Inception: The Game?

August 02, 2010

After watching Inception, one of my friends mentioned that one of the great qualities of the movie was that it was something that was completely suited to the medium: that no other medium could capture the ideas and story posed by Christopher Nolan’s film as well as film itself. In this I agree – while the specific action could be described by a novel, in a radio play or (and I kinda want to see this) in a musical, none of these mediums are as effective at telling this particular story as the filmic one.

In addition to this, Inception has gotten a decent amount of attention in the critical game community on its game-like characteristics. This got me thinking about how Inception would work as a game, both in terms of how you would bring across the same ideas in their complexity and whether this medium can achieve the dizzy heights of the film.

So how would I make Inception: The Game? We’ll find out, right after the kick…

(PS. Here there be spoilers! If you haven’t seen the movie, do yourself a favour and do so quickly before you find out too much as it’s best watched without any prior knowledge)

Before we start, a quick note on the distinction between Inception: The Game and an Inception-like game – an Inception-like game takes some of the ideas and world of Inception and put them into the gaming medium, while Inception: The Game takes the characters and storyline from Inception and maps it as well as it can to a game. During this article I’ll be looking at both, but my main focus is on Inception: The Game.

1. Good Gameplay Grief!

Inception is a figurative gold-mine when it comes to gameplay ideas, and I can think of a bundle of ways of making some incredibly interesting Inception-like games.

First, there’s the layering. The idea of playing in four levels of dream at once, and having to achieve certain goals in each before going deeper and/or synchronising the kick in multiple timelines is fantastic in game terms. In specific gameplay, you’d play each level in its entirety as that level’s dreamer, achieving your objective, hooking up the dreamers for the next level and creating the kick before heading to the next level and having to synchronise. At any point, you’d be able to head to splitscreen to see what was happening on the level above to help synchronise. And of course, gravity changes based on what happened in the level above.

In terms of the Inception story itself, this would make the first missed kick of driving off the bridge incredibly hectic for the player as they have to find a way of creating a new kick (which could lead to some interesting emergent gameplay).

Inception provides a number of great things that ensure that gameplay elements fit naturally within its structure. The most obvious example is shooting bad guys – we all know that games are brilliant at this particular mechanic, and Inception has made it an integral part of its fabric. The objective of stealing something (in terms of extraction) is easily realised through Thief-like mechanics quite easily (and this fits snugly into the ‘if you do strange things the projections start attacking you’ aspect as well). And the fact that the levels are mazes that fold back onto themselves both utilise the properties of games perfectly and fix the eternal problem of world boundaries incredibly elegantly.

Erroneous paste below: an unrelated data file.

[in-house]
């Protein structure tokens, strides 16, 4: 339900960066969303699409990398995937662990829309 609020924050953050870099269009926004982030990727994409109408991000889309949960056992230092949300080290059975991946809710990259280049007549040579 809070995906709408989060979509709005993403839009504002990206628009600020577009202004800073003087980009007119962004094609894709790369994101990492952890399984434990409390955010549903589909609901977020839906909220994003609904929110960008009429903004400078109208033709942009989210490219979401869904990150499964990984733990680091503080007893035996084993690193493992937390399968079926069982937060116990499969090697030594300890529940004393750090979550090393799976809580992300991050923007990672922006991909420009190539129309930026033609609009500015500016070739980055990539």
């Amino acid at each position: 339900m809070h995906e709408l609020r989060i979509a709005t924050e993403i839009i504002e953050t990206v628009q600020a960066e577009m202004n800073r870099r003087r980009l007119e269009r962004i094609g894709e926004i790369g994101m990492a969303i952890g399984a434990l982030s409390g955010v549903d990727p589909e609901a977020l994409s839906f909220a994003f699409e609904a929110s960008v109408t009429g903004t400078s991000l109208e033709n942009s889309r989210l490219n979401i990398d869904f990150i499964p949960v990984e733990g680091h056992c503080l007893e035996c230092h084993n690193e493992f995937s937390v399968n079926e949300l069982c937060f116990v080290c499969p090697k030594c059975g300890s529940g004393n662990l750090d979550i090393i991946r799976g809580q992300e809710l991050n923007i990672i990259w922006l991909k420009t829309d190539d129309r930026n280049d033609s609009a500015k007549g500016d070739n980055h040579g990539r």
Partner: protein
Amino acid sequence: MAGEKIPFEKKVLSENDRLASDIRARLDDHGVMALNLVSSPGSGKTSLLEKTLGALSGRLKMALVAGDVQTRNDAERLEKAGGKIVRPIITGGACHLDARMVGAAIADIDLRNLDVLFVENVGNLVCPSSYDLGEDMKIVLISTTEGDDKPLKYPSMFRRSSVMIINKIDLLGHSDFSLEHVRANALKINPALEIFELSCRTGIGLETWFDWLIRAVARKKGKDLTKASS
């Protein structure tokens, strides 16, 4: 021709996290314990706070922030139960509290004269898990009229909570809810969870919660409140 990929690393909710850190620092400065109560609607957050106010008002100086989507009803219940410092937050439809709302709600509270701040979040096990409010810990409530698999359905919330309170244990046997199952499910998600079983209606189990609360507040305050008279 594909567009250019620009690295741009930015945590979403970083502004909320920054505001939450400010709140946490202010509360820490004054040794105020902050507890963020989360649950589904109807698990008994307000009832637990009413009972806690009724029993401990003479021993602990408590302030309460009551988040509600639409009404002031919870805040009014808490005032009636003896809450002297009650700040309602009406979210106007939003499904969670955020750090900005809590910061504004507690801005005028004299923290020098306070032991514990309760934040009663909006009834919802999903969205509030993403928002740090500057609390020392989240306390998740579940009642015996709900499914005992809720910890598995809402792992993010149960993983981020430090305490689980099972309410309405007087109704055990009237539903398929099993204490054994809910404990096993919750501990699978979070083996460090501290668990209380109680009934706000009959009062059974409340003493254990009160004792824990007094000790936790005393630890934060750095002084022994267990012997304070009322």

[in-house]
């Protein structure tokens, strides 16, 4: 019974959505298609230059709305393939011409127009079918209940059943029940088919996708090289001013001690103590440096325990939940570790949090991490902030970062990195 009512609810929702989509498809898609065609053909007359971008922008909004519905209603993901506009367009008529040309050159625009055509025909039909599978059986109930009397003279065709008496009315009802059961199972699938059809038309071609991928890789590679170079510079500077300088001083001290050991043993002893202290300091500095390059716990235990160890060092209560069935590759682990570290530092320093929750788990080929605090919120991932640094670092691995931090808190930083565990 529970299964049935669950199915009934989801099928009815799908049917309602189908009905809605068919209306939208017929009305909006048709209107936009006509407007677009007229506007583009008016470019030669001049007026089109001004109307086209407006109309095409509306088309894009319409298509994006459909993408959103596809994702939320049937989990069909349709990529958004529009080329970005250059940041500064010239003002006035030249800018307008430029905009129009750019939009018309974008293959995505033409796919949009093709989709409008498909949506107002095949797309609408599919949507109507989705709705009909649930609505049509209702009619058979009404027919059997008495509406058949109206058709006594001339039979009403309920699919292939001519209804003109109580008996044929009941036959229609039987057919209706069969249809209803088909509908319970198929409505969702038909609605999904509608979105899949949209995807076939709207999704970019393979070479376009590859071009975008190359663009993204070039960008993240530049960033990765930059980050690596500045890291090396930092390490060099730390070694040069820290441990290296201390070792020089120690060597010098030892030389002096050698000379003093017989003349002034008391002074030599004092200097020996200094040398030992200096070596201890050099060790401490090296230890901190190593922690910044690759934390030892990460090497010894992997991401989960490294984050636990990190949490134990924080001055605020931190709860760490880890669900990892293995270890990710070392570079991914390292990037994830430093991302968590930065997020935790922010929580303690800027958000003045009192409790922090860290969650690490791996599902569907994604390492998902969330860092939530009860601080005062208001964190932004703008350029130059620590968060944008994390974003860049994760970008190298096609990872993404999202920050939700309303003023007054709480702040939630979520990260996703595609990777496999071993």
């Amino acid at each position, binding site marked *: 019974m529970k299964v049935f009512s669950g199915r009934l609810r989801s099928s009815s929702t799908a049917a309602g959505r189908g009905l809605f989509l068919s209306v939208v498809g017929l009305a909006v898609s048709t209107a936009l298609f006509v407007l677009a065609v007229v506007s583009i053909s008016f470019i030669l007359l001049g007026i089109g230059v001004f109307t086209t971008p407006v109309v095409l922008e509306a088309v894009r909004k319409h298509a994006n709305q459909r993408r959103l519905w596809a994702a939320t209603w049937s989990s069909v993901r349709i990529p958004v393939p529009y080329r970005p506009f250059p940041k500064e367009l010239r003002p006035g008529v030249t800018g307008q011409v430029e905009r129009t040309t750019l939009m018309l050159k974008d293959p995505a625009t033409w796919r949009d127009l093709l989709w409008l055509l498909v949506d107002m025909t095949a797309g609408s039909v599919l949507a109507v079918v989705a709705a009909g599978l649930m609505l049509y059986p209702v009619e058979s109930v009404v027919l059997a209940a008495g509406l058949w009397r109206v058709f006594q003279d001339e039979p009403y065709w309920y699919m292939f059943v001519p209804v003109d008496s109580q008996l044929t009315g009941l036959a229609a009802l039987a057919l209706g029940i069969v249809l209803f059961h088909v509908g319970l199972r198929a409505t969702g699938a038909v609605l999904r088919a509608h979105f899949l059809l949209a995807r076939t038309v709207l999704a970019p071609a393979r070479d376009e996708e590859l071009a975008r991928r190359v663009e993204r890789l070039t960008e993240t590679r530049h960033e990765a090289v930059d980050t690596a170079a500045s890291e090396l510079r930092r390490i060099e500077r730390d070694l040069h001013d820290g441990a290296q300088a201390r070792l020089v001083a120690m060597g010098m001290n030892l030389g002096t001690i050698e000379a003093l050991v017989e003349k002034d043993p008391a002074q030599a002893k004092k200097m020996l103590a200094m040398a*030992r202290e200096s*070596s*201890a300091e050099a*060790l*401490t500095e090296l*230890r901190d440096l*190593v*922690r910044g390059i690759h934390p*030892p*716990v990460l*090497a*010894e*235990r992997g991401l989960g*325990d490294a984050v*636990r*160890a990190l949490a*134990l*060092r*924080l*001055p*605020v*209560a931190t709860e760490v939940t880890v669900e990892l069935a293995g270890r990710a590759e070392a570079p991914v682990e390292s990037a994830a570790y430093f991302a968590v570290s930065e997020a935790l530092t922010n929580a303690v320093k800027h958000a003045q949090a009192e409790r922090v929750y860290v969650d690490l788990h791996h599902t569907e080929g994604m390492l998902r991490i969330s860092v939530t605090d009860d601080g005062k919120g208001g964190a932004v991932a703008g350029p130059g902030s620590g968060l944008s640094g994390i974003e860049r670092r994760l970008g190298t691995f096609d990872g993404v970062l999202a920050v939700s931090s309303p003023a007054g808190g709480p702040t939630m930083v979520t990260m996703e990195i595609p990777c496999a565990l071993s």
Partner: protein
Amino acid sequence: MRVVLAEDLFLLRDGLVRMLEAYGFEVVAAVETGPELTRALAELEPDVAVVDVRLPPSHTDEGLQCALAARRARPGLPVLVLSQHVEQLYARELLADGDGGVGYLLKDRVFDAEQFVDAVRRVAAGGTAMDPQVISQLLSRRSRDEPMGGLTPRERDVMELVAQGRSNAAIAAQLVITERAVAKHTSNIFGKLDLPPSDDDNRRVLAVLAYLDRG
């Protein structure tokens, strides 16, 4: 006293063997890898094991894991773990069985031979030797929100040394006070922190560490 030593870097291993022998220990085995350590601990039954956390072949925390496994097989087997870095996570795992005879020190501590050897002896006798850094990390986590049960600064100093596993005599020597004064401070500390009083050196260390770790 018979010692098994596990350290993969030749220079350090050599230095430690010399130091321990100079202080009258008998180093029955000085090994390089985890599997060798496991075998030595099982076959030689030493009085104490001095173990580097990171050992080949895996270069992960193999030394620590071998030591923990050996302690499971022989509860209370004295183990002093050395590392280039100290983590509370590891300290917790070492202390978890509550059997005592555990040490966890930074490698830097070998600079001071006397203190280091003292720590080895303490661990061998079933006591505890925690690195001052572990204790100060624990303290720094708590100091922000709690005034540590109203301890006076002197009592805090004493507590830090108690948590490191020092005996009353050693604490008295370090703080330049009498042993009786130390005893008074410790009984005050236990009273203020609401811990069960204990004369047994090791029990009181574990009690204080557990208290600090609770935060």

In terms of levels, there’s a massive opportunity for including level design as a part of the gameplay process, which is incredibly exciting. Who you show the designs to is also important: as the movie illustrates, if a character with serious baggage learns the maze, their projections could sabotage the mission.

The fact that geography and projections inform characters means that deeper, more interesting characters can be externalised easily within the game, helping to solve the age-old issue of creating compelling characters without overusing cut-scenes or scripted sequences. The sequence where Ariadne enters Cobb’s mind would make for a thrilling exploratory level, which would probably be expanded to tell us more about his character.

At its heart, Inception is a heist movie, which is also an opportunity to do some interesting co-op (and as I write this I’m wondering why this hasn’t been done before). As per any heist movie, each character has a different role and characteristics, and so allowing players to take these different characters in a larger operation that requires all their special talents could make for a great game. The time dilation makes this one hard, however, as whoever’s the dreamer at level 1 could be stuck doing nothing for a while…

The team nature of such a game could make use of the projection issues that Cobb faces: you can choose which characters you tell about the level design, and doing so can both help them fight more effectively and allow any projections they brought with them sabotage you. Knowing the characters becomes a gameplay advantage, and could lead to the player creating missions for the core purpose of finding out more about their peers.